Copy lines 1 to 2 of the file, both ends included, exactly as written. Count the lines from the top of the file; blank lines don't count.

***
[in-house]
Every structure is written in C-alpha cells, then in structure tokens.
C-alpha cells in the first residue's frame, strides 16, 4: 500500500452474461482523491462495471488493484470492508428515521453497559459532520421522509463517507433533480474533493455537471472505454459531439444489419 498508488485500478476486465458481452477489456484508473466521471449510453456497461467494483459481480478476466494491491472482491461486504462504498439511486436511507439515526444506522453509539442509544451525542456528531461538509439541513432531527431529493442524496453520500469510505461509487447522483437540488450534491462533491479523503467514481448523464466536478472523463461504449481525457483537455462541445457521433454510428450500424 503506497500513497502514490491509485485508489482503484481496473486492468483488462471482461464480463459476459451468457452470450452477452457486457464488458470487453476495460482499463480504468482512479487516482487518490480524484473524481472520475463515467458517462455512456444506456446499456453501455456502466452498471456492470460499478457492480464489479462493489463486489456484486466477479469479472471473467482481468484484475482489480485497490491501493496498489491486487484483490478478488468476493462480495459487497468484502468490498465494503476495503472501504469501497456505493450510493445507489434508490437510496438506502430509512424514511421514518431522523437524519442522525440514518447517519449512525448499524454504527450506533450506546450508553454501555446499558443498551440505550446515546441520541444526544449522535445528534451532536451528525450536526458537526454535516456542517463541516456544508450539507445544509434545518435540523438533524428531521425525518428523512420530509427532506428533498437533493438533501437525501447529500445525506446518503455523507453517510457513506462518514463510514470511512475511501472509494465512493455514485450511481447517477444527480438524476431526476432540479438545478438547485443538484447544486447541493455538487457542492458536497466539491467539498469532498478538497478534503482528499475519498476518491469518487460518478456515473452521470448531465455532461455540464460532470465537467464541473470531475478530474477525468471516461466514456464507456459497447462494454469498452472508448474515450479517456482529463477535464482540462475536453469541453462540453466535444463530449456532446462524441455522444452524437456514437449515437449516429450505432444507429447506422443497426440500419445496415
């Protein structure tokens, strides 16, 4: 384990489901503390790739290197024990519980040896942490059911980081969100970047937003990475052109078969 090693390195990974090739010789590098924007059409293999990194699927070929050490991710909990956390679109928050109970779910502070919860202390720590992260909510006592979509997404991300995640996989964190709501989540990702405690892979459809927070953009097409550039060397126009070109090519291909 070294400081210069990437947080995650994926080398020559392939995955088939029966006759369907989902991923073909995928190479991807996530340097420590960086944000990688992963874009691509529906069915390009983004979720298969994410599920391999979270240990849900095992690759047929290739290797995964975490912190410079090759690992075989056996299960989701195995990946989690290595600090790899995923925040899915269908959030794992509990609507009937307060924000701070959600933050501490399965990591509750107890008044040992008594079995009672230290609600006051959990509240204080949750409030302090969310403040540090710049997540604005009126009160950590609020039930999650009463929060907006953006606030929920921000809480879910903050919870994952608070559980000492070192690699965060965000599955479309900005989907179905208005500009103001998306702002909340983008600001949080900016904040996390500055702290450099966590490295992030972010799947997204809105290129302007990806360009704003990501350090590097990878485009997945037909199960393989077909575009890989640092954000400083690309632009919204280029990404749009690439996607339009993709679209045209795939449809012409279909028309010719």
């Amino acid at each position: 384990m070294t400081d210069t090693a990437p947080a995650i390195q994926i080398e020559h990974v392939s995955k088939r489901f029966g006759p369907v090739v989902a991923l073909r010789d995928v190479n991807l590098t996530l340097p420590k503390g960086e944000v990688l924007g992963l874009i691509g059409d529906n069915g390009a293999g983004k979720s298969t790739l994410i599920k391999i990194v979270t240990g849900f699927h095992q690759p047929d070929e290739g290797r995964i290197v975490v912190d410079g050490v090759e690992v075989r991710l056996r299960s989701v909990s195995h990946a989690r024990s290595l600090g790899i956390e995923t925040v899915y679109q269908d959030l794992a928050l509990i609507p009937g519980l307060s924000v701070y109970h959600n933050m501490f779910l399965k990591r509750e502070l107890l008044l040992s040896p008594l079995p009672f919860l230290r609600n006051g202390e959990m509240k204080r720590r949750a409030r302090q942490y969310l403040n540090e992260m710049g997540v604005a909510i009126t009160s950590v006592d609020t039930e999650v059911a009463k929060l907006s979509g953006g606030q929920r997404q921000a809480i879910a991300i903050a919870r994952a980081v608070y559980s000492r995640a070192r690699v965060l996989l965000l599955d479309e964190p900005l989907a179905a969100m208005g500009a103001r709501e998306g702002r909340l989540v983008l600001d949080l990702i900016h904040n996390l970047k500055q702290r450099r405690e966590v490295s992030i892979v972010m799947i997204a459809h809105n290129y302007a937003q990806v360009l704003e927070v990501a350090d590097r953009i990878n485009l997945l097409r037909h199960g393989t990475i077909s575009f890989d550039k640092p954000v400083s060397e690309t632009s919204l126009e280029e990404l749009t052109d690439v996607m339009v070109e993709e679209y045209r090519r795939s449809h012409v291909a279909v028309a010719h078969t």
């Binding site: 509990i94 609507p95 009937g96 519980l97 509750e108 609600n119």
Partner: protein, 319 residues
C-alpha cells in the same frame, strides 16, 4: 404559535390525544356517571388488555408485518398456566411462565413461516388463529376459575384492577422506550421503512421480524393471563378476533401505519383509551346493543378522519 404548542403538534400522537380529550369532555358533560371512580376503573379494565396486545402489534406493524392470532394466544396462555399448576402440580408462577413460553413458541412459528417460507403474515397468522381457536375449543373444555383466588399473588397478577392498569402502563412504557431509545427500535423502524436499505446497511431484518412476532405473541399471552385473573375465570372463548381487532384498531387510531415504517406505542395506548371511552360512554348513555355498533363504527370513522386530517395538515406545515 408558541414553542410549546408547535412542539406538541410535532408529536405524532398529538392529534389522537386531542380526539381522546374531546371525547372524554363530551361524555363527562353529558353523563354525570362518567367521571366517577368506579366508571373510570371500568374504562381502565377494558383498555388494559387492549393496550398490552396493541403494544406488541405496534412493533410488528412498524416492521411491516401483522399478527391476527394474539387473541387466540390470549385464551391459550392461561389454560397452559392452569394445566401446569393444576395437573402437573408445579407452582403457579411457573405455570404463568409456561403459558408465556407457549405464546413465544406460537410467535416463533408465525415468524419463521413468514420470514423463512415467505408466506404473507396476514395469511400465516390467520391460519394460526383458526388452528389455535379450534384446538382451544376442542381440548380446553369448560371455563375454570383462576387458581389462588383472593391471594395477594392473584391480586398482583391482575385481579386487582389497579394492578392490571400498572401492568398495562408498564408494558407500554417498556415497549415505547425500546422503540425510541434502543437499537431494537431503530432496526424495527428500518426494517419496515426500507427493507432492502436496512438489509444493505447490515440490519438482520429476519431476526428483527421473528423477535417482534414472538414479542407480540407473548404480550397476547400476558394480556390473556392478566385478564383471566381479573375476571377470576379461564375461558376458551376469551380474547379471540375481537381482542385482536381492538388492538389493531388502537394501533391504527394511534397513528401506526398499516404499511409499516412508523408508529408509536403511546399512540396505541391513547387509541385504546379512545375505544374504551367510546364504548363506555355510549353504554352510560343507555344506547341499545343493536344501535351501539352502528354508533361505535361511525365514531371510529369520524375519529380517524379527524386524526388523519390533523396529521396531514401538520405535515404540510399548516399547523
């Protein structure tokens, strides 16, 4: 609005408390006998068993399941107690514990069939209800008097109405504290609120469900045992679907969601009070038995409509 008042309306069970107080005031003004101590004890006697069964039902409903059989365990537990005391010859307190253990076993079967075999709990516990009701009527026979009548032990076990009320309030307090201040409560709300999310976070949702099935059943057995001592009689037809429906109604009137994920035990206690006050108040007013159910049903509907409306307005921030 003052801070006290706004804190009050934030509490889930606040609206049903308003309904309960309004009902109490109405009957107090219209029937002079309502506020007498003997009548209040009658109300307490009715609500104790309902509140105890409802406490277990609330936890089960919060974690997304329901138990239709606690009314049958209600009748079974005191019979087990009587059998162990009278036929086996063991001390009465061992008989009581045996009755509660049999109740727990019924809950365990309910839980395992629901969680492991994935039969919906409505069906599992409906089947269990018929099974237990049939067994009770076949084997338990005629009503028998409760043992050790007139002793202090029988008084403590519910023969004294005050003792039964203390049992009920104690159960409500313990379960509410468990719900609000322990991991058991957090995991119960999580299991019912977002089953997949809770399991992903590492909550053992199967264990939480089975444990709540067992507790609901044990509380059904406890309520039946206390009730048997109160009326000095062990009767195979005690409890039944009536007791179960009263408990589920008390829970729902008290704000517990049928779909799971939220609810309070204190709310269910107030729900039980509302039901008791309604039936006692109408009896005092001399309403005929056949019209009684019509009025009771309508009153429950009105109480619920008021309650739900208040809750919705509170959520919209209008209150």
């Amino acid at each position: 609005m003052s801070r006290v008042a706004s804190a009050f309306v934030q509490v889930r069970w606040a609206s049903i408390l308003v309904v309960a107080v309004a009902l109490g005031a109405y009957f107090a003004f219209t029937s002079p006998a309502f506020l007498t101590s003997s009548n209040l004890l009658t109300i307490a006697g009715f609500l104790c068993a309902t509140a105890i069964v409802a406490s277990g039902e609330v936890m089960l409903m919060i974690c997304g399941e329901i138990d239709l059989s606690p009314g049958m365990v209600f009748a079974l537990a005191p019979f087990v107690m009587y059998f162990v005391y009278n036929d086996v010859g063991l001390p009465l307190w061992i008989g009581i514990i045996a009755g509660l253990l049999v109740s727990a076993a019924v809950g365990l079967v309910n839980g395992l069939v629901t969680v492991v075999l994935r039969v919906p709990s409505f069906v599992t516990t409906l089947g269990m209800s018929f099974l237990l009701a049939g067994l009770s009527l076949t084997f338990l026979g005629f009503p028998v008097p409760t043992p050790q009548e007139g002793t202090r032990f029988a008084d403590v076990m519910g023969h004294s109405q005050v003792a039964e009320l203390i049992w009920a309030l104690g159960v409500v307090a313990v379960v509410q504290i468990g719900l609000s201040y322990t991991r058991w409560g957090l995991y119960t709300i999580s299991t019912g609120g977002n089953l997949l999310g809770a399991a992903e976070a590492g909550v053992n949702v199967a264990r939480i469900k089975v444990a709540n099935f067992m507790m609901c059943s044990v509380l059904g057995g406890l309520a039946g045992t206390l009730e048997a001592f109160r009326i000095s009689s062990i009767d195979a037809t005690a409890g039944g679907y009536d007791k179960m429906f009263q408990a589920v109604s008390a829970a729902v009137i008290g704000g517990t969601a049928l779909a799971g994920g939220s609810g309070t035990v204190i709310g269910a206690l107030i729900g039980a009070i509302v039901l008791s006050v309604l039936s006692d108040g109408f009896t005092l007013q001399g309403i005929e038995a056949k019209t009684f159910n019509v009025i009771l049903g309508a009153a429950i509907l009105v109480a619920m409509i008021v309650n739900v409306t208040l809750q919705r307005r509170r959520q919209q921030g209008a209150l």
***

[in-house]
Every structure is written in C-alpha cells, then in structure tokens.